Last edited: Nov 13, 2015
  19. Fuelaltereds4life
    Joined: Dec 12, 2012
    Posts: 117

    Fuelaltereds4life
    Member

    Can anyone tell me what brand or style of front wheels this Anglia is running? I have seen them on several period cars but can't seem to positively Identify them.

    Thanks!
     

    Attached Files:

  20. APACHE FS
    Joined: Feb 20, 2007
    Posts: 569

    APACHE FS
    Member

    Look like VW
     
  21. blackrat40
    Joined: Apr 19, 2006
    Posts: 1,167

    blackrat40
    Member

    You have pretty much described how this car was designed and how it acted FabberMcGee.
    The front part of the car would come up dramatically with the front wheels remaining on the ground.
    The car was a very hard charger and pretty much dominated it's class.
     
  22. blackrat40
    Joined: Apr 19, 2006
    Posts: 1,167

    blackrat40
    Member

    Those are stock Anglia wheels Fuelaltereds4life. If you scroll back up to the pic of my black primer C/A,
    you will see the same front wheels.
     
  23. y'sguy
    Joined: Feb 25, 2008
    Posts: 375

    y'sguy
    Member
    from Tulsa, OK

    Great stuff!, Thanks for sharing.
     
  24. blackrat40
    Joined: Apr 19, 2006
    Posts: 1,167

    blackrat40
    Member

    Looking back at the picture of my '34 Pickup, it's hard to believe that me and my brother Eddie
    (on the left in the above pic of me with my B/G '40 Ford Cpe.) had 2 girls on our laps in that
    small cab! I could only steer and work the pedals while Eddie shifted the '39 topshift between the
    girls legs.
    Speaking of "2 man operated vehicles", Eddie had a fenderless '32 Ford Cabriolet Roadster with a
    331 Caddy engine w/'39 Ford topshift(the choice of "low buck" hot rodders) that he bought, running,
    for $125. '32 Fords were cheap in those days('61) as only about 5% of guys were into hot rodding.
    Eddie's roadster was maybe the first "Rat Rod" as it was a dangerous piece of junk that required 2
    people to drive it. The frame was cracked where the steering box mounted and it moved around.
    The 2 bolts that hold the steering column to the dash were snapped off so the steering column had
    to be held up by the driver while trying to steer. The throttle was a rod sticking through the firewall,
    about knee high, so the driver had to hold his leg straight out(no foot rest) to push the throttle.
    Since both of Eddie's hands were occupied, holding the steering column up off his lap, that left the
    shifting duties up to me! One day we decided to have a go at a '56 Chevy. We were taking him until
    Eddie yelled "shift" and I hit 2nd gear. The hood (which had no side panels) shuddered a couple of
    times and then "whoosh" it shot back over our heads(no windshield of course).
    Other famous features of the roadster was a block of wood under the passenger side engine mount.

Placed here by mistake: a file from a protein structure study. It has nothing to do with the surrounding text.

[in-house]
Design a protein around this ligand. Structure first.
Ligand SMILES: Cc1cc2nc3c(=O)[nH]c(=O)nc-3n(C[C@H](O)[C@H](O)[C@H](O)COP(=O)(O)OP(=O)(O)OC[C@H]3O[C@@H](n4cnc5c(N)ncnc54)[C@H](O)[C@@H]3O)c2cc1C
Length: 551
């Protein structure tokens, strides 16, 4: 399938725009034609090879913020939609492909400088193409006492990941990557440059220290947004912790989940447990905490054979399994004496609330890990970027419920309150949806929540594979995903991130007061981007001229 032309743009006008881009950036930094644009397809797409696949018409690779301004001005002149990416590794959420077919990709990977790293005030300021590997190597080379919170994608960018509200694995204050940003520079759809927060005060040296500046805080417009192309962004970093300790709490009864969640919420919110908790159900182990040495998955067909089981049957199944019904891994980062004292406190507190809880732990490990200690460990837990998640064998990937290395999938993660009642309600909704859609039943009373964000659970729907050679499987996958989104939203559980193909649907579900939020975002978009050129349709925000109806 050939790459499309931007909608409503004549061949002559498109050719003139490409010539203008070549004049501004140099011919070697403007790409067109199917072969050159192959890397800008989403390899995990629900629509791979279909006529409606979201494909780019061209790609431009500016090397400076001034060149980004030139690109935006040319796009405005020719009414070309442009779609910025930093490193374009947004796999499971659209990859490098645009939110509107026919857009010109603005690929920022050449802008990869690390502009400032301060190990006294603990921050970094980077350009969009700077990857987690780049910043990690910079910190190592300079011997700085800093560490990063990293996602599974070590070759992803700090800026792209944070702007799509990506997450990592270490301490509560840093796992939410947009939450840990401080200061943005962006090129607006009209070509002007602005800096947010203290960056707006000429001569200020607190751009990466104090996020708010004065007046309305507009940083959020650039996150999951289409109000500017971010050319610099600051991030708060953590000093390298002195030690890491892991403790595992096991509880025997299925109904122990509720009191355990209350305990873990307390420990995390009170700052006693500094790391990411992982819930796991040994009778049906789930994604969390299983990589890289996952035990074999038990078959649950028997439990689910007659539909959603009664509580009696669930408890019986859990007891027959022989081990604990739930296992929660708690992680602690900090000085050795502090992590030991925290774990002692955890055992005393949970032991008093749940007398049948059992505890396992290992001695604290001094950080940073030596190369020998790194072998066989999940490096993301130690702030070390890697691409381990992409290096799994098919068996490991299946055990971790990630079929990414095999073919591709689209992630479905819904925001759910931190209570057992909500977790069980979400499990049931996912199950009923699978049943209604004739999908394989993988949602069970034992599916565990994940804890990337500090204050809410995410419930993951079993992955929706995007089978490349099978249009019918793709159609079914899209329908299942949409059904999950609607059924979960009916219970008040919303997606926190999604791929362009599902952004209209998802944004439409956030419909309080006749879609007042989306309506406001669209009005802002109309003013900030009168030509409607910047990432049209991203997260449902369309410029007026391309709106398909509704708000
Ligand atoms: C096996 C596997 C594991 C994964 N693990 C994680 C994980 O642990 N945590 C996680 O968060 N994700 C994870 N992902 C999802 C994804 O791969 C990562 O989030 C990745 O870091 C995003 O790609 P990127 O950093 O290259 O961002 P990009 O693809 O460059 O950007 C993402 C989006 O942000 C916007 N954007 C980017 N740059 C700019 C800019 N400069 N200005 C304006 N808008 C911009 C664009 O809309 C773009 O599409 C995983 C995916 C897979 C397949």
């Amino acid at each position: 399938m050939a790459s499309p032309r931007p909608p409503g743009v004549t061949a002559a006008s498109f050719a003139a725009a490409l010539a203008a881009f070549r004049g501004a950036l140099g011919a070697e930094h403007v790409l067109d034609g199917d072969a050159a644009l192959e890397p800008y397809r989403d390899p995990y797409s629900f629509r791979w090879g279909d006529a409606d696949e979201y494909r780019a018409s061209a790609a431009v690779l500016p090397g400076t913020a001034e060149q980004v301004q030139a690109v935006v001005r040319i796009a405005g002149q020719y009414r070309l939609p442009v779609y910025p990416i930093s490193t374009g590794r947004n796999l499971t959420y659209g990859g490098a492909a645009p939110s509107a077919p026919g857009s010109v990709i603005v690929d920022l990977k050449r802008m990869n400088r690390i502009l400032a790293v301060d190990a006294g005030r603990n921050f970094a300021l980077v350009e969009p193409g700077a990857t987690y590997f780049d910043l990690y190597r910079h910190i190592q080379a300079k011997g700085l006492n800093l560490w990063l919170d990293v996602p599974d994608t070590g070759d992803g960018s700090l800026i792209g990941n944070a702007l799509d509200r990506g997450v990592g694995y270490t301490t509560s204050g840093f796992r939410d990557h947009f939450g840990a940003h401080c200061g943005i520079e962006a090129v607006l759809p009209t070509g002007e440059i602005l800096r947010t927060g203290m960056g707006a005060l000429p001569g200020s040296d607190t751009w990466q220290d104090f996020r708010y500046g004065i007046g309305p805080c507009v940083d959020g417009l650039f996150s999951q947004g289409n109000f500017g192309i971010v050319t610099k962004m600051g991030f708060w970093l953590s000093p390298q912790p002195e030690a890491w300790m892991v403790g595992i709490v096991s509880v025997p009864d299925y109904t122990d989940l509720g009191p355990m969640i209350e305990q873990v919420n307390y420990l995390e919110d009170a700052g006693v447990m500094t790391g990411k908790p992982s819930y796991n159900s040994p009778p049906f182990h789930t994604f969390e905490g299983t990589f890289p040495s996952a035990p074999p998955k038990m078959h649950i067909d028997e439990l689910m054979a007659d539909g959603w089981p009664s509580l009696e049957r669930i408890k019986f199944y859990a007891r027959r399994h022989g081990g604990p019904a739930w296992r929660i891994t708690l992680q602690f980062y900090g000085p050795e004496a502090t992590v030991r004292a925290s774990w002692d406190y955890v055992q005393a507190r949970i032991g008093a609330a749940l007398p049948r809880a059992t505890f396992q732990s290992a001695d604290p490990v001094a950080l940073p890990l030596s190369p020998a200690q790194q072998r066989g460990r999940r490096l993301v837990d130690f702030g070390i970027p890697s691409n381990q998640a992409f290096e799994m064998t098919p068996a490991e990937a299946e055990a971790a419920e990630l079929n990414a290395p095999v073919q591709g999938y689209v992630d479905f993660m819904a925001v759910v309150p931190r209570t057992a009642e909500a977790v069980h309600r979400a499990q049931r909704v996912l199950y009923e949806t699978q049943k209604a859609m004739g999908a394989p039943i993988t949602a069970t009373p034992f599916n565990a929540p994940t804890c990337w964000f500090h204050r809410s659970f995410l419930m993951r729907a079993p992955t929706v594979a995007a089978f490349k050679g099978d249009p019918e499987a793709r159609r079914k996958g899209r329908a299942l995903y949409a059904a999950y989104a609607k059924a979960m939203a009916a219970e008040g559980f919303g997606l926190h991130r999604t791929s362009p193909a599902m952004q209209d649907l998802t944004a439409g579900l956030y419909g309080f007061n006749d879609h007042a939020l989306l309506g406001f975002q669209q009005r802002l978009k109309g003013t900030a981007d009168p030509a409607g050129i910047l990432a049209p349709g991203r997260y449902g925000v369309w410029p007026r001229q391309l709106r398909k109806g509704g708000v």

Under hard acceleration the engine would raise and the block would slip out of place allowing the
    crank pulley to rub on the front cross member when you let off the gas and the engine settled back down
    shooting an arc of sparks in the air. We carried a sharp shooter spade shovel in the back (provided by
    the previous owner) to place between the frame rail and the exhaust manifold to raise the engine and
    put the block back in place. Seat belts...???...we had heard of those things but had never seen any!
    Unbelievably, when Eddie went off to college, our mom gave his roadster to some guys to get it out
    of her garden. ARRRRRRGH!!!!! Sorry...no roadster pic. 34 Ford pu with 51 Merc engine in bed.JPG
     
  25. 296ardun
    Joined: Feb 11, 2009
    Posts: 4,230

    296ardun
    Member

    Incredible set of pictures, thanks for sharing!!
     
  26. blackrat40
    Joined: Apr 19, 2006
    Posts: 1,167

    blackrat40
    Member

    I'm glad you enjoyed the pic's. I really enjoy all of your pic's too!
    I envy your time in the L.A. area during the best days of drag racing!
    I was stationed at the NAS in LeMoore,CA. in '65. I got to leave a little Texas mark in East L.A.
    I went home one weekend with a Mexican guy from L.A. and built a 292 V8 for his '55 Chevy hardtop.
    We spent a night freezing broke down on the ridge route when the original engine threw a rod.
    It was a green and white Bel Air with a "wicked" lope. He was the guy to beat in his side of town.
    Cheers (BTY, how did you end up in Alabama?)
     
  27. 296ardun
    Joined: Feb 11, 2009
    Posts: 4,230

    296ardun
    Member

    Very cool story, yes the ridge route could get cold, broke down there myself one March night towing Nick Van Wagner's fuel Chrysler dragster back from Bakersfield....

    I teach at the Air Force's Air War College at Maxwell Air Force Base in Montgomery...but still miss LA (I have a Mexican-American colleague who grew up in Boyle Heights in East LA, will have to ask him about the '55.)
     
  28. blackrat40
    Joined: Apr 19, 2006
    Posts: 1,167

    blackrat40
    Member

    We're definitely a family with greasy hands linked that span this great land!
     
  29. Babyearl
    Joined: May 23, 2008
    Posts: 610

    Babyearl
    Member

    I was at the Valley in '62 with James and Larry Spray,, They ran a metallic brown Anglia with blue plexiglass windows and no lettering on the car. Injected 377 sbc A/Gas. Possibly the third picture in post 2. I was fresh out of the Army at Fort Hood and worked at Spray's Garage in Killeen. The head work on the engine was done by Hands in Austin and balanced by Calvert in Denton.
     
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  30. blackrat40
    Joined: Apr 19, 2006
    Posts: 1,167

    blackrat40
    Member

    Good to hear from you Earl! Texas was a hot bed for gassers in the early 60's. My best friend at the time, Jesse Measles, was running a red B/G Anglia at the time with his partner James Beach.
    I have a short 8mm video I'm working on getting loaded here.
    I worked in J&J Auto Parts engine shop, with the senior Mr. Beach. I was a machinist running the milling machine,
    running a STORM-VULCAN BLOCKMASTER. (Cool name for an awesome machine)and doing all the piston
    work. Also working in our shop was Joe Athey(B/G '39 Studie 2 door w/327 & Muncie) and the infamous "Tinker".
    Cheers...MickeyD Storm-Vulcan-BlockMaster.jpg
     
    elgringo71 likes this.